Then she realised he'd quoted part of the letter at her earlier and didn't know whether to laugh or cry.  "Captain, I do not think it was fair of you to use part of the letter against me."

Was he feigning innocence or was it an honest mistake.  "What are you talking about Matsumoto?"

Biting her lip, she hesitated and then goaded by a spurt of anger said, "You said 'age does not guarantee wisdom' and Captain Kuchiki said 'While age and experience do not necessarily lead to wisdom'!  That is not fair!"

Toshiro looked bewildered for a brief time and then looked at her steadily.  "If I did so it was unintentional.  Matsumoto, I don't wish to force you to do this, but I don't see any other option.  Do your best, work with the nakado and Captain Kuchiki to determine the characteristics he requires in a wife."

She rolled her eyes.  "No woman could ever meet that man's requirements."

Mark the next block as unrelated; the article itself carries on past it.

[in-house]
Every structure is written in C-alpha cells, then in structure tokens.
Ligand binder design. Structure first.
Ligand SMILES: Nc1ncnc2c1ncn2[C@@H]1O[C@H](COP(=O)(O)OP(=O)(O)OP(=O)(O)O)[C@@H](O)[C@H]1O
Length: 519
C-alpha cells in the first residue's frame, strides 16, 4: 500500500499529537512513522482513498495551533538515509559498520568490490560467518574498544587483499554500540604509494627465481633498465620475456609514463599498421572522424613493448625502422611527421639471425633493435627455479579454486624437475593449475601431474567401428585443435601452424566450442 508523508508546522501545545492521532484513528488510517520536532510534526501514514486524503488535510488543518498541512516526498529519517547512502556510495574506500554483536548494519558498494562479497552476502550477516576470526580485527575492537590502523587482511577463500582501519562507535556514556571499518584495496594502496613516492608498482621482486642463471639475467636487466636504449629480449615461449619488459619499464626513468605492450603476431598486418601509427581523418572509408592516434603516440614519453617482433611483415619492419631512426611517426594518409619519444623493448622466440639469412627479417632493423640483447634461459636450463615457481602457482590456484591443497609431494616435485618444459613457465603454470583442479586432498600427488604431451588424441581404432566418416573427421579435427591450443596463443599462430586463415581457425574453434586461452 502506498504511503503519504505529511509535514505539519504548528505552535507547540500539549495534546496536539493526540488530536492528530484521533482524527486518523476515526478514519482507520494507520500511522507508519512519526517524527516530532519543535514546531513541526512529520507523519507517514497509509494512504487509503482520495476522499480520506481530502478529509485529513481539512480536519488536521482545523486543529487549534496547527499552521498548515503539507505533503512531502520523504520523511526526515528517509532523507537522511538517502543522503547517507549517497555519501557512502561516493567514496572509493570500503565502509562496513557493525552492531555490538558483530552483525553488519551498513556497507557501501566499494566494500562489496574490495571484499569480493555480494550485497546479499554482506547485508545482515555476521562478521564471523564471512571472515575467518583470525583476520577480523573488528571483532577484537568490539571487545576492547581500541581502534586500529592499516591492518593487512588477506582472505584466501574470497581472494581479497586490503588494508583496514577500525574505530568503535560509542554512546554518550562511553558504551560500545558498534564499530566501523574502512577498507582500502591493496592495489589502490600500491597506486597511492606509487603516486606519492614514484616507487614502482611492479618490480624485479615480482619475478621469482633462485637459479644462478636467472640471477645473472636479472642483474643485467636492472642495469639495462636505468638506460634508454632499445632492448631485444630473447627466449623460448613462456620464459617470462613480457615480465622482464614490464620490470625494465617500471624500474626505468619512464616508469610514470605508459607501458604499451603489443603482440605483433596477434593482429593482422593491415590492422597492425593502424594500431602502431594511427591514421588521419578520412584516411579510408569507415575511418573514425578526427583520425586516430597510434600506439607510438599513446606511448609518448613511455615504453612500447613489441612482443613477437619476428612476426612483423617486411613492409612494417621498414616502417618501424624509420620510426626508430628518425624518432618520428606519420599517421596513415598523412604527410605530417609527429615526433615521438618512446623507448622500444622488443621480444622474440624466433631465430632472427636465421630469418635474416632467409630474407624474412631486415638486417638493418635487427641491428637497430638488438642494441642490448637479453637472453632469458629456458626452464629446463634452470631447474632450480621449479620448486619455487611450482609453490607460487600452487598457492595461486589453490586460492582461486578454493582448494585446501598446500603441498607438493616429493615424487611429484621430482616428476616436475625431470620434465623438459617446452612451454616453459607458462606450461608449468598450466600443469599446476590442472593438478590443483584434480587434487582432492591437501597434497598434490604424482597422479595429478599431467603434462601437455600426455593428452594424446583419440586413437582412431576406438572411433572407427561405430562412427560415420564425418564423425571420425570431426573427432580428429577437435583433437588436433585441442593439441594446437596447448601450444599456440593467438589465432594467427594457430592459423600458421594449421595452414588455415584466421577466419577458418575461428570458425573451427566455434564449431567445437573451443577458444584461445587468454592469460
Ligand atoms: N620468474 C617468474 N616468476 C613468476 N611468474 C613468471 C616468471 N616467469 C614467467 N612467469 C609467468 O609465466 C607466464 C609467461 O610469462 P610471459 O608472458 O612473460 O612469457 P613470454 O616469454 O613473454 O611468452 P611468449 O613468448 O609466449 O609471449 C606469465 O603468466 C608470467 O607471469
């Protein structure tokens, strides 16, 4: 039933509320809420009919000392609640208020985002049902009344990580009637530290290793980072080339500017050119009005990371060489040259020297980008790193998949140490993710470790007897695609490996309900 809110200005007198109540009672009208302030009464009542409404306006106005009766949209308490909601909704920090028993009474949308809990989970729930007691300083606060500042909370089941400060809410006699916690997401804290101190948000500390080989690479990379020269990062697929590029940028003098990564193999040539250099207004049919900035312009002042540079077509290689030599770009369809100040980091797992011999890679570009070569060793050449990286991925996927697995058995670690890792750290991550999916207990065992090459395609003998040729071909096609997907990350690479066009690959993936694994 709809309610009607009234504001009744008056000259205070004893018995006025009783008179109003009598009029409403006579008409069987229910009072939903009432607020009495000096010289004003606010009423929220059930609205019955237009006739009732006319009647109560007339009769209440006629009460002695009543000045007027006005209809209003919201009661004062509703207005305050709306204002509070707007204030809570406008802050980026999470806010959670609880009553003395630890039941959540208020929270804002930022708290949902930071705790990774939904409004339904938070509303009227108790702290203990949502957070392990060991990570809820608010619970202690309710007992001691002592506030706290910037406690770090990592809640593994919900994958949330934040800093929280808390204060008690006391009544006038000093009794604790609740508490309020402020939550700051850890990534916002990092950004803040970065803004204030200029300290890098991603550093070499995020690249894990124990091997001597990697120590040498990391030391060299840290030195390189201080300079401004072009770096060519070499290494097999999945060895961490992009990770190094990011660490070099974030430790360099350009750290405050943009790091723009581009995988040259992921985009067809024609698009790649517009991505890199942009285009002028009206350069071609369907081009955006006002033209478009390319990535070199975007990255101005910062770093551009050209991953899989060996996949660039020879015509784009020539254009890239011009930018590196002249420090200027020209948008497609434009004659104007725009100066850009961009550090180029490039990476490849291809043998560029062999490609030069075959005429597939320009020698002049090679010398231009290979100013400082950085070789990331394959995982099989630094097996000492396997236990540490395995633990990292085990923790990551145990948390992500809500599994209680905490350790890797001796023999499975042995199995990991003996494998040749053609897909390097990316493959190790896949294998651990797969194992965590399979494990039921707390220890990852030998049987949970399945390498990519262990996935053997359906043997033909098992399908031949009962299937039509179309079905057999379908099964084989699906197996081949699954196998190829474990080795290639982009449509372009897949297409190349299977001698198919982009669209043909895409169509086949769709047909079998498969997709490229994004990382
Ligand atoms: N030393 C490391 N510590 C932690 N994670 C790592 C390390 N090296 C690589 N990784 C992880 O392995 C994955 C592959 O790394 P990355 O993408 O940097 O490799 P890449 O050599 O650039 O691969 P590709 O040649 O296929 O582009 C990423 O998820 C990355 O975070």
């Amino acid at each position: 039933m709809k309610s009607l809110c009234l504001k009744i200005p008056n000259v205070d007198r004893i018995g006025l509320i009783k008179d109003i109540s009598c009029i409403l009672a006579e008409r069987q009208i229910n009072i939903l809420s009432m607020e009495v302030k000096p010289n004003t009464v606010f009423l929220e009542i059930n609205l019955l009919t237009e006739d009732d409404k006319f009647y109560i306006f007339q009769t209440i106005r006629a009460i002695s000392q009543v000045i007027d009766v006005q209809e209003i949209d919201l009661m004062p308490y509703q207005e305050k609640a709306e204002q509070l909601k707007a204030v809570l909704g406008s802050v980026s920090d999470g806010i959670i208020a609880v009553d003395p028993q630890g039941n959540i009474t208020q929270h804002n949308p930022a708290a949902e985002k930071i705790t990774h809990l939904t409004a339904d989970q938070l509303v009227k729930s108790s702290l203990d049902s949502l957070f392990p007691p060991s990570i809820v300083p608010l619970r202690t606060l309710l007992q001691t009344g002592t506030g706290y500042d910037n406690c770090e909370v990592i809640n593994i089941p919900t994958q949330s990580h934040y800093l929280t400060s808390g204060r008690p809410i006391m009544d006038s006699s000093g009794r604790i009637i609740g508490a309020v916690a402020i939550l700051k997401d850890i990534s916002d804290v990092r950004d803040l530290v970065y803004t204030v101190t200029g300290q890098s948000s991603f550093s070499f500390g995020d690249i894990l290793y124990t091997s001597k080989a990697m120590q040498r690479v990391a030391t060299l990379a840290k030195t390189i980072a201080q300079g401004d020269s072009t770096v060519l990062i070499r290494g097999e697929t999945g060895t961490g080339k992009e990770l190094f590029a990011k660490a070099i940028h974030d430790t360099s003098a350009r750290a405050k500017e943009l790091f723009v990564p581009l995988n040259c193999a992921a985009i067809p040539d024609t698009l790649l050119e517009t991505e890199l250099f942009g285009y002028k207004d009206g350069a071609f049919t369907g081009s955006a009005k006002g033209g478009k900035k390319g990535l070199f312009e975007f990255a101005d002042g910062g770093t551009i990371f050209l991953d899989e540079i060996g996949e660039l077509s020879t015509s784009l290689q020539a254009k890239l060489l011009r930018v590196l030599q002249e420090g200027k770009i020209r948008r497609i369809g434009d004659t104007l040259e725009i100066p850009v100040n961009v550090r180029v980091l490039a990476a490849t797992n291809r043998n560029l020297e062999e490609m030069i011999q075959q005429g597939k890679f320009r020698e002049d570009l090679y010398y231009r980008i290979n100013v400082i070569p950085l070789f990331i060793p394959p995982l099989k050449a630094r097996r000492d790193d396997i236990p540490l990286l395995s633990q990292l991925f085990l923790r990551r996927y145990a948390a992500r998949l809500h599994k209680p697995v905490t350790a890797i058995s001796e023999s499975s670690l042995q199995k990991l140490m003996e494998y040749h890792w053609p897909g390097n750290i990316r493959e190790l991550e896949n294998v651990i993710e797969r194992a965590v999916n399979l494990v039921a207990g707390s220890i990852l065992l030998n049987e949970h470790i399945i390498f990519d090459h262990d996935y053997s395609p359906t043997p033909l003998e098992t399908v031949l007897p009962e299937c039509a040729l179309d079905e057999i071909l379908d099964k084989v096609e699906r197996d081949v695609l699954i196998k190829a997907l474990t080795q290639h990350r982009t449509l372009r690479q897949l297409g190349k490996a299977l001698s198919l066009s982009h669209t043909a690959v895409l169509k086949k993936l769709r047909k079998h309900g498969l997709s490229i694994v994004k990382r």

"You don't know that."

"I do."

"You don't," Toshiro said,  then put up his hand. "I do not want to argue about this, Matsumoto.  Nor do I wish to hear any of the details.  I trust you will maintain secrecy about this process as it can be very sensitive."

"Sensitive.  Captain Kuchiki is about as sensitive as a cactus."

"Cacti have feelings too, Matsumoto.  I will send word you will assist.  In future the arrangement of matters will be between you and Captain Kuchiki."

Once again his tone indicated there would be no further argument or even discussion of the matter.

"Yes, Captain Hitsugaya," she sighed and wished he didn't take his responsibilities so seriously.  Too many of the Captains seemed to believe that laughter was inappropriate at any time and having to spend time with a mirthless man after her normal duties was a prospect she did not relish but then a thought struck her. "Why does he use the word 'potential' in every sentence?"

Toshiro raised an eyebrow and scanned the letter again.  "It isn't every sentence, Matsumoto.  The word is used five times and he uses the word because he is well aware nothing is guaranteed.  There is more than one family in Soul Society who would welcome such an alliance."